Frequently Asked Questions (FAQs)

May an organization use the name of the College?

Only an organization that is officially recognized by the SGA Constitution Committee may use the name of the College as part of its name. Sponsored groups that want to use other trademarks or service marks must receive written permission from the sponsoring department.

A student, group, or organization that is not recognized by the College may not use the name of Middlebury College or an abbreviation of the name of the College as part of its name.

How do I host an event?
How do I fundraise for my Student Org?

See our Fundraising page.

Will a single sex organization be recognized by the College?

No. Middlebury College takes the position that an inclusive, open community is fundamental to its mission as a residential institution of higher learning committed to the liberal arts tradition. Middlebury College does not discriminate against any individual on the basis of race, color, ethnicity, national origin, religion, sex, sexual orientation, gender identity and expression, age, marital status, place of birth, service in the armed forces of the United States, or against qualified individuals with disabilities on the basis of disability in any of its programs or activities.


The College reaffirms its support of the decision by the Board of Trustees on January 13, 1990, concerning single-sex student social organizations:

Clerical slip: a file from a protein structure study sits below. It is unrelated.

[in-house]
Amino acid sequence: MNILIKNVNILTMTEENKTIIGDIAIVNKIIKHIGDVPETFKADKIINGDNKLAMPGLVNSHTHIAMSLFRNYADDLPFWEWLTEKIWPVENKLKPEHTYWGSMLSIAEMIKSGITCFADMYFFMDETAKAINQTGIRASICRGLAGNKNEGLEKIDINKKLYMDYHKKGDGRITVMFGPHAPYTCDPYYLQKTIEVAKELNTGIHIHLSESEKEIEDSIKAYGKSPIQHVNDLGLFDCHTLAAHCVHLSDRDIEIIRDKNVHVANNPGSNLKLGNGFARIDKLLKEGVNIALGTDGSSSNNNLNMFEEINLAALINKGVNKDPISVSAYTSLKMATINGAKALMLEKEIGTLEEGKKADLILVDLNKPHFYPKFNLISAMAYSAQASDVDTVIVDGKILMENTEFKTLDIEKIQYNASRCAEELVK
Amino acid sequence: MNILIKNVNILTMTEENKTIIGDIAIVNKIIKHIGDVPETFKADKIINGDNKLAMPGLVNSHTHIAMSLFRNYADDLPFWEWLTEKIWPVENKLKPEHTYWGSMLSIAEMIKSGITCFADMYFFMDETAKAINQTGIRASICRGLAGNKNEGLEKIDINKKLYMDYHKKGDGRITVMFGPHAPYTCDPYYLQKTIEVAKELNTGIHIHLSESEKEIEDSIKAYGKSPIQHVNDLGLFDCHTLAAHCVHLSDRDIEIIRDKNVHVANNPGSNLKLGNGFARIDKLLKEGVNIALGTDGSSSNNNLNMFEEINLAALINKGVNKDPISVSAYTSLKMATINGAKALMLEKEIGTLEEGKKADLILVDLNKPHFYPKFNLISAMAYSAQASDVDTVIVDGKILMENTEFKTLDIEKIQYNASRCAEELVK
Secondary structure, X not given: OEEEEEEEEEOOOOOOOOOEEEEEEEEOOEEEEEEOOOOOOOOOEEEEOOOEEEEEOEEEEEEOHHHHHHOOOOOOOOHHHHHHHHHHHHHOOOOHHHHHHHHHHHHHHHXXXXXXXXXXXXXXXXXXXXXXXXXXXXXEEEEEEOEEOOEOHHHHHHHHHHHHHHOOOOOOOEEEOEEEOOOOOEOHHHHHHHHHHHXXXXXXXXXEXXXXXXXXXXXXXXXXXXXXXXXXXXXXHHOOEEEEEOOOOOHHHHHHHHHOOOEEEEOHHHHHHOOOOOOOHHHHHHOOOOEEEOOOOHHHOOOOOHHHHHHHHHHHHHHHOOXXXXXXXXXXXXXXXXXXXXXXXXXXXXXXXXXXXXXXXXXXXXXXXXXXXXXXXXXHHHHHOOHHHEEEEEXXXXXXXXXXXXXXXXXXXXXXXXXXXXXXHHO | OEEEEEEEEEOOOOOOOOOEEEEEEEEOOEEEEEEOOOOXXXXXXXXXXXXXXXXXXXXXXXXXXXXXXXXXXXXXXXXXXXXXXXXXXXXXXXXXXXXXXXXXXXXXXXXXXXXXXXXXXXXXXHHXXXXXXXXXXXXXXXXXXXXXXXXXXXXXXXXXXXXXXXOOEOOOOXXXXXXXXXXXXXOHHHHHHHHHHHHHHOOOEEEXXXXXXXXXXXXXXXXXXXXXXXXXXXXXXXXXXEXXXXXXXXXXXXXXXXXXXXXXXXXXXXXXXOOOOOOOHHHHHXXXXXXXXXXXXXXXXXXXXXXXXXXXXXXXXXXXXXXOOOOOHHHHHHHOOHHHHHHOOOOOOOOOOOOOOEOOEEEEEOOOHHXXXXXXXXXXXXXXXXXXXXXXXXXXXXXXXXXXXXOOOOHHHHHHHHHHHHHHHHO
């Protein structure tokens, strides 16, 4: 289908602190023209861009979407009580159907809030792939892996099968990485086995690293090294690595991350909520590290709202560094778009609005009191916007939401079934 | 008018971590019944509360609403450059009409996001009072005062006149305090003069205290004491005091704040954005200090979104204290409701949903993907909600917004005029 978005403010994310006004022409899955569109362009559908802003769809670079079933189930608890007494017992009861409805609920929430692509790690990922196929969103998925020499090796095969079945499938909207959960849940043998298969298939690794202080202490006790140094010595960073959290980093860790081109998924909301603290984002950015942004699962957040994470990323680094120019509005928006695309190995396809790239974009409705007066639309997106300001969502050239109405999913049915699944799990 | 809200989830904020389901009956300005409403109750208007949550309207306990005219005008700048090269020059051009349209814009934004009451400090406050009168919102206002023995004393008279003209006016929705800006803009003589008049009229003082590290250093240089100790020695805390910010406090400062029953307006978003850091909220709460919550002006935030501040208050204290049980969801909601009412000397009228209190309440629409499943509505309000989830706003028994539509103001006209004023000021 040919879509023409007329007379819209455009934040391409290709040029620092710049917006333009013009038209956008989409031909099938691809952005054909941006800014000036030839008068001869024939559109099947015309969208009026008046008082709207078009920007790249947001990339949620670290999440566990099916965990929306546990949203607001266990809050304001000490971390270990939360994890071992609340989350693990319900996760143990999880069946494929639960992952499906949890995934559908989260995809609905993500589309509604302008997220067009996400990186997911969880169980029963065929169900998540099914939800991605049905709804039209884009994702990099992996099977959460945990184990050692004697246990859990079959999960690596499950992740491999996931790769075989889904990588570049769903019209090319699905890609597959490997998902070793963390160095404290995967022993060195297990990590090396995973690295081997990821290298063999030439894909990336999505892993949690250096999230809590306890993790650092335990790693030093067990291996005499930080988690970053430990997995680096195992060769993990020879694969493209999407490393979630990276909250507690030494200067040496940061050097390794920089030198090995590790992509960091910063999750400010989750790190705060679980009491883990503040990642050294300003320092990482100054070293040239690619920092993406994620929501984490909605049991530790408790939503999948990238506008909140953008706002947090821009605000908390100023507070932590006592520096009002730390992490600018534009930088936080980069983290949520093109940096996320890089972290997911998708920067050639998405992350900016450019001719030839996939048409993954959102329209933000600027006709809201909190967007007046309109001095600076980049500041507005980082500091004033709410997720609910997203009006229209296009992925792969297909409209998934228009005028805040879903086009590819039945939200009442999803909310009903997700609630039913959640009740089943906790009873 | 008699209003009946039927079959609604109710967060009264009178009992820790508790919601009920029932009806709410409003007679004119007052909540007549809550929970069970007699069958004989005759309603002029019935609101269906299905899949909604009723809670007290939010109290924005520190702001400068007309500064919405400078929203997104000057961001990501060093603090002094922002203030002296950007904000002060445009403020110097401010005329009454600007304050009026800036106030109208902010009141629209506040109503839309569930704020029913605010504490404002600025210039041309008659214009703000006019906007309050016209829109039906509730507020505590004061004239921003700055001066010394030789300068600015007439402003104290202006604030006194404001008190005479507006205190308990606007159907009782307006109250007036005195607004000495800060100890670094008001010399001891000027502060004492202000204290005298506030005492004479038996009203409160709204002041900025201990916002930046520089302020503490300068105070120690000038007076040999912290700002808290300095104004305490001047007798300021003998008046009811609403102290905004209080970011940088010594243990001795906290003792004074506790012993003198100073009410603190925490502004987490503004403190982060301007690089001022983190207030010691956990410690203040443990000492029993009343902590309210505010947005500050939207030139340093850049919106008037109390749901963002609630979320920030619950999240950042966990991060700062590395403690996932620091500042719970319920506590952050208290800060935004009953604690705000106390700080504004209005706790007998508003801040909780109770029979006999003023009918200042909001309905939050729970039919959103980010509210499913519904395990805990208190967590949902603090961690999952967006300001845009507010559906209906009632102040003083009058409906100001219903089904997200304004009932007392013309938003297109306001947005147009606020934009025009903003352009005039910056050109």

"Any social organization which discriminates on the basis of gender or whose practices have the consequence of exclusion on the basis of gender is antithetical to the mission of the College and not appropriate as a model for society at large. Ties with any national organization whose rules or practices are at odds with this belief should not be maintained."


Middlebury seeks students who are "prepared to become leaders in society." The College "expects its graduates to be thoughtful, ethical leaders able to meet the challenges of informed citizenship." In the world our graduates will inherit, and in which we expect them to be leaders, discriminatory organizations will have no place. We, therefore, fail in preparing our graduates fully to assume the responsibilities of leadership if we suggest that membership in such organizations by our students is consonant with our stated mission.